|CIO Insight Magazine votedPrimal Managementone of its 15 "Essential Spring Books for IT Leaders."|
I have read hundreds of books related to management, but this is the best one I've ever read. Rarely do I write reviews, and rarely do I use exclamation points (as I did in the review title!), but after reading "Primal Management", by Paul Herr, I wanted to make sure I got your attention.
For the first time ever, the secrets to what really motivates employees in any company, anywhere in the world, are revealed. What?
Sure, there have been many, many books, chapters of books, articles on the subject of "employee motivation" written; and if you're in business, the subject has undoubtedly come up a few hundred times in various meetings, to the point of "motivating" the meeting participants to doze off, wander off for another cup of coffee, or remain seated with that glazed look on their blank faces, pretending to be listening.
Paul Herr finally gets it right, because he had the audacity to "prove it" after three decades of research. Corporate America should be glad he was so persistent, because his findings will revolutionize the way Corporate America will be managing its employees, which so far, has been lousy. But we already knew that.
just finished a great book - "Primal Management - Unraveling the Secrets of Human Nature to Drive High Performance" by Paul Herr.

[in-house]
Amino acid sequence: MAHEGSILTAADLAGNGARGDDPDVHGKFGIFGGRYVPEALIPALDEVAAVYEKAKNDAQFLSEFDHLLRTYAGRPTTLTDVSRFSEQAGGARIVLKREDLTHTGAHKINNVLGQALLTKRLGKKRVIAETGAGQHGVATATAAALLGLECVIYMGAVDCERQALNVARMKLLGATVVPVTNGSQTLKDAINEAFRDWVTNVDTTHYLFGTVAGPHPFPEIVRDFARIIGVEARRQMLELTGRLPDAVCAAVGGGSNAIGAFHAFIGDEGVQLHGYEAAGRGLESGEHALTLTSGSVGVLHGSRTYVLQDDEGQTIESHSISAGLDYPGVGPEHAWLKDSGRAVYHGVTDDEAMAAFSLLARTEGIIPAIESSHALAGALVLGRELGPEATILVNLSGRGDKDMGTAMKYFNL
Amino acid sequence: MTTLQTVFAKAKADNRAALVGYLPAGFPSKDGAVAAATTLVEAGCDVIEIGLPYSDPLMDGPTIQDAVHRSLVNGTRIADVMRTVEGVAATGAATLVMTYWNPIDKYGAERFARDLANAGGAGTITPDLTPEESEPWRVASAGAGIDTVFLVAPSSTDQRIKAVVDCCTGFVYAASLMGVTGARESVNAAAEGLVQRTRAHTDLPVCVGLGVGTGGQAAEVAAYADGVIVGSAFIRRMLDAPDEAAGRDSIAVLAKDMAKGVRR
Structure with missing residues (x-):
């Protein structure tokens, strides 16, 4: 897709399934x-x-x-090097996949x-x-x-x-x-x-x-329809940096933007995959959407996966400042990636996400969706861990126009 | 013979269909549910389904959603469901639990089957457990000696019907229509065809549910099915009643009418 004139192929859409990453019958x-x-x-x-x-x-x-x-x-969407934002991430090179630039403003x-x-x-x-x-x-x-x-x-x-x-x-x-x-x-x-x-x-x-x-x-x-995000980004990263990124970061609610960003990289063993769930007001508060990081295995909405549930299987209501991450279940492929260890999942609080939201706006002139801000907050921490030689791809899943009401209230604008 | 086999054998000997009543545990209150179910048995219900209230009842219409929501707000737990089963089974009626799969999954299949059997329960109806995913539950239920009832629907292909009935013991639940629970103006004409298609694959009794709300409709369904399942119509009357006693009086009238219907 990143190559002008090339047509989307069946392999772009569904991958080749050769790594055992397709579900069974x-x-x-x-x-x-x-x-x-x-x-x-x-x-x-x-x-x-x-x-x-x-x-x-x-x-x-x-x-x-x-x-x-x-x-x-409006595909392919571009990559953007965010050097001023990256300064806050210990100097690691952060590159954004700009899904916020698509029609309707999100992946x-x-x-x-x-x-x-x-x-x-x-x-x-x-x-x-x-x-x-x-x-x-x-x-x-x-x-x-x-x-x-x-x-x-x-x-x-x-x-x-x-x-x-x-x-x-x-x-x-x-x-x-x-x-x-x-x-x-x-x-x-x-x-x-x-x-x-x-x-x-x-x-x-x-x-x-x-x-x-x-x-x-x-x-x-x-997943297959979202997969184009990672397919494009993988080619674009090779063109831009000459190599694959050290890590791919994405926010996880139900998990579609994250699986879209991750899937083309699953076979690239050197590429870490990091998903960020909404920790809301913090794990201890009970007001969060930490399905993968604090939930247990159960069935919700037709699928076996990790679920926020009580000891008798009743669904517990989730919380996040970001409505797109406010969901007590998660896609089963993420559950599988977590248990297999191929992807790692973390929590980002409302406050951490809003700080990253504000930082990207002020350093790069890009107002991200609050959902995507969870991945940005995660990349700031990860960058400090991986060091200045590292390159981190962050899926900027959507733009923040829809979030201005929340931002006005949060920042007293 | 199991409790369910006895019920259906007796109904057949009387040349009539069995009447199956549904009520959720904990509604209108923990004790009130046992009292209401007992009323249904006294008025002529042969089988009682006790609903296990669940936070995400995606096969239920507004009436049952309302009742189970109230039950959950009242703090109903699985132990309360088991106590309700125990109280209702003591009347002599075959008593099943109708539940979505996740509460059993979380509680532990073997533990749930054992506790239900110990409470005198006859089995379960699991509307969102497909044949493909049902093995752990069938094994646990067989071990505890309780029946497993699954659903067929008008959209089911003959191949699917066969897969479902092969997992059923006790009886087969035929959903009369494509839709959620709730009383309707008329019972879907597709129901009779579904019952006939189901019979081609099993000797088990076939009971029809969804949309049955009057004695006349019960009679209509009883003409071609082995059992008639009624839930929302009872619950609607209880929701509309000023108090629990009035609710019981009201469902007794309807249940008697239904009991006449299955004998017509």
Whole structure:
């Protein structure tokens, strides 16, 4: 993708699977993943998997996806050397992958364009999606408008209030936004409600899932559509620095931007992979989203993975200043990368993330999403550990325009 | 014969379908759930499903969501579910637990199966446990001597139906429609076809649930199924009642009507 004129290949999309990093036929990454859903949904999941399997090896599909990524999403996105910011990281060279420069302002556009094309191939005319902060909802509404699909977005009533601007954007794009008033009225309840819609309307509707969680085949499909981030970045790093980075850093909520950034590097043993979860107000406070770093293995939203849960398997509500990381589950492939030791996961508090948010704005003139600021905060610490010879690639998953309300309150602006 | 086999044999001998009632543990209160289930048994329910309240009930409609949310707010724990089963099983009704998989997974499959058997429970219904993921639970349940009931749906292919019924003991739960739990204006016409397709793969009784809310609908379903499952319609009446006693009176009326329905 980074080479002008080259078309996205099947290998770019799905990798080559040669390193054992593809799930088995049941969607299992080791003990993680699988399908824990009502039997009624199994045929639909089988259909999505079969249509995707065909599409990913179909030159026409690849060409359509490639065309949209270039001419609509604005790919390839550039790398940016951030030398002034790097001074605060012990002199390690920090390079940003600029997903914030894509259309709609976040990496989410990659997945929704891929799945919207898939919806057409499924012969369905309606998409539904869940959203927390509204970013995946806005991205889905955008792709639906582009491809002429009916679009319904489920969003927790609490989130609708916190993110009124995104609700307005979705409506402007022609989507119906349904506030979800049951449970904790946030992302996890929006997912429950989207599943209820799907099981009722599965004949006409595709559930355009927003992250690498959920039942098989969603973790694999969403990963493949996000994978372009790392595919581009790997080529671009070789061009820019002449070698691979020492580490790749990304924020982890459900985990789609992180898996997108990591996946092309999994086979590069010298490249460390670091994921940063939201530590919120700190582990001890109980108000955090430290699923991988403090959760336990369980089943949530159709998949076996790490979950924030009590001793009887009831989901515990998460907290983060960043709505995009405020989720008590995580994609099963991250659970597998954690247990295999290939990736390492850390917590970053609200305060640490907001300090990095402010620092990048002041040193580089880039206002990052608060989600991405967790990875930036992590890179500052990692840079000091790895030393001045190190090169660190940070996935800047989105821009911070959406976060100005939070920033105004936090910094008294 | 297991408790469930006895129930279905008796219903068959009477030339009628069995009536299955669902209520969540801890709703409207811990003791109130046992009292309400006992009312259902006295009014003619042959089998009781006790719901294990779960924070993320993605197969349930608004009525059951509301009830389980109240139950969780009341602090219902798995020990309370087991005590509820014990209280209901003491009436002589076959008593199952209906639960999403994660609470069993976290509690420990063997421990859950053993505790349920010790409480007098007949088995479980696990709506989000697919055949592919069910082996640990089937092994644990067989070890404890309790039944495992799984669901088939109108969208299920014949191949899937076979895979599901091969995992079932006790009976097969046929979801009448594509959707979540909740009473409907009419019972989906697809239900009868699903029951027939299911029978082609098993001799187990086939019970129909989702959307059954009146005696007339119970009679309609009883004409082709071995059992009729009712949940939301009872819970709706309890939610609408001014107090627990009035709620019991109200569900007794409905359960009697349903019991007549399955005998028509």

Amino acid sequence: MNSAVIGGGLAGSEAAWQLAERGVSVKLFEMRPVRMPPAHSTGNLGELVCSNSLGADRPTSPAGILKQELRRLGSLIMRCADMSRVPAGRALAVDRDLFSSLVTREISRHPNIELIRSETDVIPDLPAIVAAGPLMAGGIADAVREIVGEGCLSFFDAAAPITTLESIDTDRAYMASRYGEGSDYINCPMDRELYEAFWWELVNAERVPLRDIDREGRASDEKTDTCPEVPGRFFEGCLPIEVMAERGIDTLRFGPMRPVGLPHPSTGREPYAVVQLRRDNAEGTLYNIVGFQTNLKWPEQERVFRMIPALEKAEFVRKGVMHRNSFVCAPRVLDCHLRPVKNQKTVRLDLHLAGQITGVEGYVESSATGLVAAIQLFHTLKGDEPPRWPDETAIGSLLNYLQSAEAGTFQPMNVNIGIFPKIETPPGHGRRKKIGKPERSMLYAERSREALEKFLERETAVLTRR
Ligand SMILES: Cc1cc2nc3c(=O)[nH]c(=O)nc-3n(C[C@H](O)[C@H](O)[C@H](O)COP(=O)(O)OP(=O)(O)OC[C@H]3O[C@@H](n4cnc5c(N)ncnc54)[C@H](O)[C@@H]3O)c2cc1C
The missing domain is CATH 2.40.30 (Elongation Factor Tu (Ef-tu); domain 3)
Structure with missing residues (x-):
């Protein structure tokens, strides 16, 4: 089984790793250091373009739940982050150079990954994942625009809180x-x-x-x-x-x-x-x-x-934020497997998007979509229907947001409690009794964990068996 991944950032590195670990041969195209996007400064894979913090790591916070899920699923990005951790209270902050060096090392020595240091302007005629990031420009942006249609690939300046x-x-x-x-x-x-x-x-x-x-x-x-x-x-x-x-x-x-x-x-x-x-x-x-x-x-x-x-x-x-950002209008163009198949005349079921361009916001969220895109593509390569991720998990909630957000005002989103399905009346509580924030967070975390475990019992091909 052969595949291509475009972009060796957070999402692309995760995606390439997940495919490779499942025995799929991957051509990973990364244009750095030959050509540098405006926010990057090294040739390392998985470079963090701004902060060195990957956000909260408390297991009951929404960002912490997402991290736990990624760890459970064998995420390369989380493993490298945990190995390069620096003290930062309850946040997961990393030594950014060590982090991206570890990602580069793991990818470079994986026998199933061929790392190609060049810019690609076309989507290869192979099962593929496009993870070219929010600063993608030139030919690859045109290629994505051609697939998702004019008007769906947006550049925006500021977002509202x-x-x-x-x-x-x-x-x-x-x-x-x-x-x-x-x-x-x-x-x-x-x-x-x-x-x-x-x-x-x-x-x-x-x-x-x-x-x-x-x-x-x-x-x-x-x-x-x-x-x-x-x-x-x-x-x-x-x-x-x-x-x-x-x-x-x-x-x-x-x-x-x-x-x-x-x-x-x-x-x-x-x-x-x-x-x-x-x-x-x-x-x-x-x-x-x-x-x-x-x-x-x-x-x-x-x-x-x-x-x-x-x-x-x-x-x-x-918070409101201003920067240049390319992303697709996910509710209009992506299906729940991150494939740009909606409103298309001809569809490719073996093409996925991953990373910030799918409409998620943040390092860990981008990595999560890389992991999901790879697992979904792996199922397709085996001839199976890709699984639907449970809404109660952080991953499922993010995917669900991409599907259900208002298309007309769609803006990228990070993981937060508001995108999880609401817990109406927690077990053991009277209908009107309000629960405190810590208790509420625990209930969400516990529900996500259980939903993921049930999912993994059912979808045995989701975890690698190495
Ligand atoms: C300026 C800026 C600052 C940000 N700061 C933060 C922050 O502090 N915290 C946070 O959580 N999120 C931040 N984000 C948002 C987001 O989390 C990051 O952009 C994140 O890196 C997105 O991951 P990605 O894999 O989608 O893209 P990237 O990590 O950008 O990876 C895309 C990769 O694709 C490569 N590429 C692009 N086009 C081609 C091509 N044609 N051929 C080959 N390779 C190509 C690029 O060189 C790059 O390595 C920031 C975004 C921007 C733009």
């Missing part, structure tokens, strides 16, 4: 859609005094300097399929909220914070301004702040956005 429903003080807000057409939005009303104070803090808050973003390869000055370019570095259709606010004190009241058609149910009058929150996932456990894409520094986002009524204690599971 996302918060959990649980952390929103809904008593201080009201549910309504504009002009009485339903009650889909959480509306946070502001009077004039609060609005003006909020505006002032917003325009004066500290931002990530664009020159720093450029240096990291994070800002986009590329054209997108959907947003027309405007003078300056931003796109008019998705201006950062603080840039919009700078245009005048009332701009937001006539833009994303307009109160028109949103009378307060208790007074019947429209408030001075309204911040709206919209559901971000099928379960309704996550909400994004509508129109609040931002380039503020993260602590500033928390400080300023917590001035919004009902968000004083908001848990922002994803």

Herr starts with a statement "Business..has pretended that emotions and feelings are irrational and unimportant. This is simply wrong". The rest of the book goes on to successfully prove this point.
He uses the scary statistic that only 31% of the employees are motivated in America. If that statistic is true, there is huge upside opportunity in our businesses.
Primal Management: Unraveling the Secrets of Human Nature to Drive High Performance
It's pure myth that human beings are fundamentally rational creatures—we are sublimely emotional at heart and work best when treated as such, argues consultant Herr, who contends that companies need to take a hard-science approach to the soft side of the business if they want to maximize their gains. He explores the human social appetites—innovation, skill mastery and deployment, goal attainment, cooperation and self-protection—maintaining that these drives are as integral to our biology as our need for food, sex and love. People want to excel at work, and companies that encourage that desire bring out the best in their employees. Arguing against a hyper-rational, bureaucratic management, Herr advocates a “tribal” connected workforce, a corporate superorganism composed of individual human beings who strive toward the same goal. Some fairly heavy theory is backed up with solid practical advice for leaders, including a methodology to create a high-performance workplace. The biological approach lends a fresh aspect to the subject of employee performance enhancement, and the well-researched, entertaining presentation should make this an appealing reference for progressive business leaders. (May)